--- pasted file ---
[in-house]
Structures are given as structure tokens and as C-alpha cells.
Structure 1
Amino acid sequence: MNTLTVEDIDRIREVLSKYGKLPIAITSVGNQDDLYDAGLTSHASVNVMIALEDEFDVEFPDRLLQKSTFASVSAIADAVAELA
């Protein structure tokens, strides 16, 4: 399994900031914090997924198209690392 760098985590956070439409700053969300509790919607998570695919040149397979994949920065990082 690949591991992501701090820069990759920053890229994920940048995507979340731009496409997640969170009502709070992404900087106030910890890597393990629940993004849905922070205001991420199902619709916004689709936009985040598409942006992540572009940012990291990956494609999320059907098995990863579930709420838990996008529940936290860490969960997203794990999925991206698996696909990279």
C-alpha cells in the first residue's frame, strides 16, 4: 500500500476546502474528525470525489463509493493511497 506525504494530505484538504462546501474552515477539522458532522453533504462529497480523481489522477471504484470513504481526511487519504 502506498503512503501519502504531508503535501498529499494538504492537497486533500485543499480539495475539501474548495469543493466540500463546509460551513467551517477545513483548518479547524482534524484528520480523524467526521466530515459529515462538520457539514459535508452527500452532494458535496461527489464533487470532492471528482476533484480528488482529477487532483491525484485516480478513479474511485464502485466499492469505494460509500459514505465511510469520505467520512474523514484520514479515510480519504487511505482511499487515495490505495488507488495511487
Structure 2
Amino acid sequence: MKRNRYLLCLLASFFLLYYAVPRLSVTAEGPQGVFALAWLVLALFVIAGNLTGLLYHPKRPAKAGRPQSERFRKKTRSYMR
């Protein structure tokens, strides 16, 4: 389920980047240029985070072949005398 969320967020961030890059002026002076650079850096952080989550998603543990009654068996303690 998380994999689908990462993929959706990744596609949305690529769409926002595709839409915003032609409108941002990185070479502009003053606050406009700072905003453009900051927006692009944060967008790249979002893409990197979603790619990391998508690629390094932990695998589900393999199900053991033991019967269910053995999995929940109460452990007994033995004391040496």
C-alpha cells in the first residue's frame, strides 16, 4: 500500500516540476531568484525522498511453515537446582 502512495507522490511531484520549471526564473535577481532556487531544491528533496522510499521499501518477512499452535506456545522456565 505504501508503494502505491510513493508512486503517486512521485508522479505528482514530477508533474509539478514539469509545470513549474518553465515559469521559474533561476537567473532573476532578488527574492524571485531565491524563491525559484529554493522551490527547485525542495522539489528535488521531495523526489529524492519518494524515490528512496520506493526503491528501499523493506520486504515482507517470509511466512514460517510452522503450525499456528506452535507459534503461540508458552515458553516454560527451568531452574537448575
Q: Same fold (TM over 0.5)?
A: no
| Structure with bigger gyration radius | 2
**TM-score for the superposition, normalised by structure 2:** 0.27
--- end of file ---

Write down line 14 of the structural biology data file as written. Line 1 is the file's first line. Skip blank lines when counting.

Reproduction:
**TM-score for the superposition, normalised by structure 2:** 0.27